Yoav Gallant is the stereotypical right-wing Israeli politician with hardline views and a militaristic background. Befittingly, his father was an ace sniper who took part in many missions in the Israeli Defense Forces (IDF) and named his son after Operation Yoav (in the 1948 Arab-Israeli War), where the sharpshooter was the first soldier to break into a prominent enemy fort.
Later, Yoav followed his father’s footsteps and distinguished himself in the IDF and almost became Chief of General Staff of the IDF (his nomination was overturned over allegations of derelictions, at the last moment). Later, Yoav joined the Kulanu party briefly and then transited to the ruling Likud party ~ his strong credentials saw him become the all-important, Minister of Defense.
However even for an ostensible hardliner like Yoav, serving under the longest-tenured Prime Minister of Israel, Benjamin ‘Bibi’ Netanyahu, attempts to brazenly reduce the power and independence of Israeli judiciary in favour of the executive, tantamounted to diminishing democracy. Yoav urged caution on judicial ‘reforms’ publicly and a furious Netanyahu didn’t take too kindly to Yoav’s caution ~ soon the Minister of Defense was sacked.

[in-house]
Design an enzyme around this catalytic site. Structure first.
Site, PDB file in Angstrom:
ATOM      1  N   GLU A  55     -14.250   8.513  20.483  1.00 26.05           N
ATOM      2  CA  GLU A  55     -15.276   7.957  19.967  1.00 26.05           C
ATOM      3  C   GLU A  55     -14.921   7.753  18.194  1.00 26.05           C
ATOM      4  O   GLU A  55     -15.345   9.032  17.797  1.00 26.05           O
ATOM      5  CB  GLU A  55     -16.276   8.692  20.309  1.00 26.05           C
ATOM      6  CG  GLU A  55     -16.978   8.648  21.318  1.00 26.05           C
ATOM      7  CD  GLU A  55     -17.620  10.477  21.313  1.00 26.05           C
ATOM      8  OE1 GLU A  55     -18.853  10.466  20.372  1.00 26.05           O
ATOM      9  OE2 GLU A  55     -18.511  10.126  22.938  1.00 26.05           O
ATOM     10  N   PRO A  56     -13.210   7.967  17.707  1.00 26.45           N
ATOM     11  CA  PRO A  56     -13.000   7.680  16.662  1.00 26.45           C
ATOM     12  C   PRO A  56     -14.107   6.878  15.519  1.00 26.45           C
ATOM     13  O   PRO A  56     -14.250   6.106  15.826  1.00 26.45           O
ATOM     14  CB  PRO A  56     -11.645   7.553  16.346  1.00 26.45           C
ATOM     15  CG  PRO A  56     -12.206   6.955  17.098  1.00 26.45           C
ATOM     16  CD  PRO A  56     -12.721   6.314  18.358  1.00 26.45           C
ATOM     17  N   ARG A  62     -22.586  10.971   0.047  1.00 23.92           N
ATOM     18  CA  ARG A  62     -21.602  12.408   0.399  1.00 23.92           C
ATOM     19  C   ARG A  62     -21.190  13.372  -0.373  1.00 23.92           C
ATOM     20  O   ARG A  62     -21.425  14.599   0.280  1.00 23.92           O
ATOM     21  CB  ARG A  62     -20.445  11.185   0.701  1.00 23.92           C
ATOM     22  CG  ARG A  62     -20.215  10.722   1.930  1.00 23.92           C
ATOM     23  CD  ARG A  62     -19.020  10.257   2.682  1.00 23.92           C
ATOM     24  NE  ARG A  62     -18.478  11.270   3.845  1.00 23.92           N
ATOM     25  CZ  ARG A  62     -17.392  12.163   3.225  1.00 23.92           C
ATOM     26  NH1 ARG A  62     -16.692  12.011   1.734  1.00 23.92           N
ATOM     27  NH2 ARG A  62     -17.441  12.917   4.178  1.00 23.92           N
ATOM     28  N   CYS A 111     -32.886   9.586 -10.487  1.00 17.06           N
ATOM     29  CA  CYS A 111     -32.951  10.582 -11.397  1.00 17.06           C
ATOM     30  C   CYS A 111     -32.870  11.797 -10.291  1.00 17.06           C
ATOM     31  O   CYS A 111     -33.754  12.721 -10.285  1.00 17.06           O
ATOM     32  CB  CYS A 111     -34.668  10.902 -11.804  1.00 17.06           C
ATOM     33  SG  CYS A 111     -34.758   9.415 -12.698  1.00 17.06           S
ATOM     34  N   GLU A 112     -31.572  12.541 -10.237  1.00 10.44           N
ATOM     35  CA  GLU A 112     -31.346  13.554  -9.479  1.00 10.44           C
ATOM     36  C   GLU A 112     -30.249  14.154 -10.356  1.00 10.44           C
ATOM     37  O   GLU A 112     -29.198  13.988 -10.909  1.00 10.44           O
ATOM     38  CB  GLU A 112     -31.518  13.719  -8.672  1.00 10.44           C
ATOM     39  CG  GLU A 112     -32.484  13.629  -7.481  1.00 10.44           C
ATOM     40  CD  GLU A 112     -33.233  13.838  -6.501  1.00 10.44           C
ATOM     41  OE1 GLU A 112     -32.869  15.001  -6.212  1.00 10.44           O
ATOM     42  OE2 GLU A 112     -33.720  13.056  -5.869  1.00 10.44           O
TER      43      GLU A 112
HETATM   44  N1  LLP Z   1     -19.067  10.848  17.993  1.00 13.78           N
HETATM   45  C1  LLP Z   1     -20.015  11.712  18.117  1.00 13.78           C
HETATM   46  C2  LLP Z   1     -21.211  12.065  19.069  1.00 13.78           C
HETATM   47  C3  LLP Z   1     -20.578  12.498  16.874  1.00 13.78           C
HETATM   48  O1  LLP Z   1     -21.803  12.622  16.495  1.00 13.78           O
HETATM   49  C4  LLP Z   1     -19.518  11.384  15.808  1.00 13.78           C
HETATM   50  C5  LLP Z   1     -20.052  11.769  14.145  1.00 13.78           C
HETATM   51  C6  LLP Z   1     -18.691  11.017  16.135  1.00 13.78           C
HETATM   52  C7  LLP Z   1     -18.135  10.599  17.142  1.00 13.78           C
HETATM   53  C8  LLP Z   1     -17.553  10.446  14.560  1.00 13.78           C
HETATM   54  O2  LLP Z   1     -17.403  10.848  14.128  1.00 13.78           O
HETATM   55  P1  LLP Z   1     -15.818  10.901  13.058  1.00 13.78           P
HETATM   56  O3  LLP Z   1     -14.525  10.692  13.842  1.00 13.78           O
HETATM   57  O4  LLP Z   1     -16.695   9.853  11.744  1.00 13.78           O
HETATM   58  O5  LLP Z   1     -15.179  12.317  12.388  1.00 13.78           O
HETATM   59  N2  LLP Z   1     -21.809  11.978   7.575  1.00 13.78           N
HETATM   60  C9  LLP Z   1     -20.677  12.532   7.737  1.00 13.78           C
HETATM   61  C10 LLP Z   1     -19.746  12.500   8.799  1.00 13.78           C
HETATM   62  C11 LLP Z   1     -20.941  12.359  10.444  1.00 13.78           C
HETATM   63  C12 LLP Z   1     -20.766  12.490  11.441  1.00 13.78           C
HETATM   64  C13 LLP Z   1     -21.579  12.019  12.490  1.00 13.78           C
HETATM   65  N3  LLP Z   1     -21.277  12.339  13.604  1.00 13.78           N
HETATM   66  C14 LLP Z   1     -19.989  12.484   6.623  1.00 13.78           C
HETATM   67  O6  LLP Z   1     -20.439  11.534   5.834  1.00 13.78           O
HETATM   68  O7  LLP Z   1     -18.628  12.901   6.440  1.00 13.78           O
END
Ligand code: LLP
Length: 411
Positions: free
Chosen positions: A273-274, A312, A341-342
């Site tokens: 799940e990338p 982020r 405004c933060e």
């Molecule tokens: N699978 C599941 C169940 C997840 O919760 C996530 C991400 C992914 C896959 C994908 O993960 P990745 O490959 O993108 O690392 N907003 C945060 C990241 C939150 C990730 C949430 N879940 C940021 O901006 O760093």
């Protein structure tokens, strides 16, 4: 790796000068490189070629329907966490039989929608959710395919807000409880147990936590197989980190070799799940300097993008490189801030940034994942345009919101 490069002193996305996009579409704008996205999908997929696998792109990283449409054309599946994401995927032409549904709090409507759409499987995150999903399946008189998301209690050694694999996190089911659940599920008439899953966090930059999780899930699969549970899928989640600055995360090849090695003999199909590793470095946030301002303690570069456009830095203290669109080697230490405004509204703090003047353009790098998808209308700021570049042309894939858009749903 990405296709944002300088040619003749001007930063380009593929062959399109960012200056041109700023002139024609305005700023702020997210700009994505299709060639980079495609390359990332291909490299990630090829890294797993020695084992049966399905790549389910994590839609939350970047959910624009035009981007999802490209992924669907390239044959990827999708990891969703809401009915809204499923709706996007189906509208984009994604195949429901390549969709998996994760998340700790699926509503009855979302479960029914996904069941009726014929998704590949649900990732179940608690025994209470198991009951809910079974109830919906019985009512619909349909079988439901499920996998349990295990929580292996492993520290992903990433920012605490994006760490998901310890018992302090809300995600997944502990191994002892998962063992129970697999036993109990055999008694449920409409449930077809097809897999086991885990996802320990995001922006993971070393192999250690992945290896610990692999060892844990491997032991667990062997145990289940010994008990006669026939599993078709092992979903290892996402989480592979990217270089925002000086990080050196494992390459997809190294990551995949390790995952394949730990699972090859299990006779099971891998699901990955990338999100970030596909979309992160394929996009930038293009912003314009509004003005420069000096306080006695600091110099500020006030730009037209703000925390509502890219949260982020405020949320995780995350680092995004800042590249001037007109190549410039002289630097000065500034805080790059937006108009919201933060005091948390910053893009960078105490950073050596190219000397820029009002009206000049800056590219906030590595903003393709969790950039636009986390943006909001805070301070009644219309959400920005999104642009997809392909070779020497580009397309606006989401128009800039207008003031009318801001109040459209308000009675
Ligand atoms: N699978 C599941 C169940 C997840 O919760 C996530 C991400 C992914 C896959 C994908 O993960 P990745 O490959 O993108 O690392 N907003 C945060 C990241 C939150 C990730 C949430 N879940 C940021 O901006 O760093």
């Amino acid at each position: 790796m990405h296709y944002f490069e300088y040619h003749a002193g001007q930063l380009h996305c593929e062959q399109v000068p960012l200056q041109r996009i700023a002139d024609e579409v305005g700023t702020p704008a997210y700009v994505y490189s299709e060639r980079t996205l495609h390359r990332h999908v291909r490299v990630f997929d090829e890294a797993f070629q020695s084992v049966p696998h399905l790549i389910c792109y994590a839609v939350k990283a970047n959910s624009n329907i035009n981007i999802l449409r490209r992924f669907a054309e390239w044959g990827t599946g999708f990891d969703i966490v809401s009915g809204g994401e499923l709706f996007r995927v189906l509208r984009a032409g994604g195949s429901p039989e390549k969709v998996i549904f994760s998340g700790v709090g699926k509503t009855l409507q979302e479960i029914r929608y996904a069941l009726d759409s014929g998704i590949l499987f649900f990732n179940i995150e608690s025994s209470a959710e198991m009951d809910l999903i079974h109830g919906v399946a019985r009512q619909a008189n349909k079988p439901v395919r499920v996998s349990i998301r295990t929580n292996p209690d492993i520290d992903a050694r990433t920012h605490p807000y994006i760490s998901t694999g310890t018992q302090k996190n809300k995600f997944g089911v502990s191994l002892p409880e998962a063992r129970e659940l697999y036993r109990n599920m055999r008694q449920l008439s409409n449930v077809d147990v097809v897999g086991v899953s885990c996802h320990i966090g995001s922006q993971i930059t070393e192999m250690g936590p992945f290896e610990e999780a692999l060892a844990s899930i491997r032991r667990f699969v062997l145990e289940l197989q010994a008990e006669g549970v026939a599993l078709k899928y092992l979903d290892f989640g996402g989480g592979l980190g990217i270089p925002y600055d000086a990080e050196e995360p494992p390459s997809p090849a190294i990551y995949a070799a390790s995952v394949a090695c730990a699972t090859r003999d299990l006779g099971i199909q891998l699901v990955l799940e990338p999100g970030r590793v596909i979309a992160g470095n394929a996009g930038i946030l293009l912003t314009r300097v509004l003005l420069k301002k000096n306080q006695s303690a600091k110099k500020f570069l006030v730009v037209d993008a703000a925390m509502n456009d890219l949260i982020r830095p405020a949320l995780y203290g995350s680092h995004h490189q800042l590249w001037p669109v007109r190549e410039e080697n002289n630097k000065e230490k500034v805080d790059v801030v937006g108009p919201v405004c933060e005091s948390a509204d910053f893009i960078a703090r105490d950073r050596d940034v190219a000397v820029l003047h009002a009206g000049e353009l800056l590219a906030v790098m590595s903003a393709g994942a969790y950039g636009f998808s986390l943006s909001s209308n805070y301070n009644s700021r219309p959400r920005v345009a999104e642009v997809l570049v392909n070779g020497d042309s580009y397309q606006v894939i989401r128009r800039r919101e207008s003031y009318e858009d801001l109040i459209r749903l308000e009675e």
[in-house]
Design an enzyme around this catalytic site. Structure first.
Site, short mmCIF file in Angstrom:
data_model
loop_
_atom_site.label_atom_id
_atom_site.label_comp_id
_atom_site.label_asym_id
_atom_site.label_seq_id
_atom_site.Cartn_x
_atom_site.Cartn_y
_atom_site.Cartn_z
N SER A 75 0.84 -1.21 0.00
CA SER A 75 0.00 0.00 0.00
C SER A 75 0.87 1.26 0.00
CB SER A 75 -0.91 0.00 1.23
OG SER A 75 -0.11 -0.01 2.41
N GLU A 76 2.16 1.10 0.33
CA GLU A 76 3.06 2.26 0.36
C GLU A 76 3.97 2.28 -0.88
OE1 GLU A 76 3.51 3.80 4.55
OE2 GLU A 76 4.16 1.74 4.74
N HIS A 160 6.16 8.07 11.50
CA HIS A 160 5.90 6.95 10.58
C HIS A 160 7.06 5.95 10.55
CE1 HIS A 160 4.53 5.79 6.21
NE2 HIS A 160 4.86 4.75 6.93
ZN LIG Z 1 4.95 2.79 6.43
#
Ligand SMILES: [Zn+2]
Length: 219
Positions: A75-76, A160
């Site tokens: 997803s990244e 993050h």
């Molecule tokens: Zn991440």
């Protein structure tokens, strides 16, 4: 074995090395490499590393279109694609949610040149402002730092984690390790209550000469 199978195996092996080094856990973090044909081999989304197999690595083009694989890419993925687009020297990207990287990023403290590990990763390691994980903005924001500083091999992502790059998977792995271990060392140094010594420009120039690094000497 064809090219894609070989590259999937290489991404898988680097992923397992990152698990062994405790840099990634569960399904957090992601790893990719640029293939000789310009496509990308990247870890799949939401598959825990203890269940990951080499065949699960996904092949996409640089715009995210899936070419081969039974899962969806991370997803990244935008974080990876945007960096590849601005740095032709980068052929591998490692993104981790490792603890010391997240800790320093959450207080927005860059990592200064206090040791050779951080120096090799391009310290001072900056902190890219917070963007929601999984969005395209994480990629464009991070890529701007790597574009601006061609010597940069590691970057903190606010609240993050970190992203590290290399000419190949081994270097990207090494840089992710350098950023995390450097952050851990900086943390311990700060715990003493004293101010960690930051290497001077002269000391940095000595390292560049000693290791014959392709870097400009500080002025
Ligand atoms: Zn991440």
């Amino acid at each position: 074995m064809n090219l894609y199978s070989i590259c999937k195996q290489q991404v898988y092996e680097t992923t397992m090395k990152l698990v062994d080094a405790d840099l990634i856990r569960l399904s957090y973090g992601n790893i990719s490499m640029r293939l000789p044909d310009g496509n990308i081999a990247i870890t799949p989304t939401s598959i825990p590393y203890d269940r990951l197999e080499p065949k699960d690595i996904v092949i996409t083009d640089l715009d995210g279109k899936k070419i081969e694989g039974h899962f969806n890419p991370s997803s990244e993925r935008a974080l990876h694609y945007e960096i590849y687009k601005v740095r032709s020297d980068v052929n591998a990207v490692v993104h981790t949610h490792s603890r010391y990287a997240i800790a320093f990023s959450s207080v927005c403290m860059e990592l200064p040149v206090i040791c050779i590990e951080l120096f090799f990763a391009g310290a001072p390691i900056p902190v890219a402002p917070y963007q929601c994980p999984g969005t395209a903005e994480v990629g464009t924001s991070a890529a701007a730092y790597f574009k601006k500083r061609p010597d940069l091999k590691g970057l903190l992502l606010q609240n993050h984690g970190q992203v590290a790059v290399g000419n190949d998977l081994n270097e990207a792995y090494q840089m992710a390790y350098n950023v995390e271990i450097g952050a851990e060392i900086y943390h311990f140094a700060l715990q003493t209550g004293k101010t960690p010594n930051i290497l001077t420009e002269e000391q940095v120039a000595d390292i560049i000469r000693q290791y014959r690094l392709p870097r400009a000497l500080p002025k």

The Israeli saga rings somewhat familiar with the ensuing turf wars between the Indian executive and its judiciary, in an outpouring of opinions that has gone beyond the normal tensions and disagreements, typically besetting the two realms. Even the Vice President had joined the chorus to hit the judiciary’s soft spot of the ‘Collegium’ system which comes with its own intrigues, biases and inefficiencies (not that the proposed alternative of usurping powers from the judiciary towards politicians is the better option).
Moral grandstanding of the politicos or the judiciary notwithstanding, the preferable stance of insisting on judicial reforms without compromising on the foundation of democracy i.e., enhanced transparency and accountability within the existing ‘Collegium’ system is an anathema to the politicians, who would instead prefer taking ‘control’ over appointments of judges.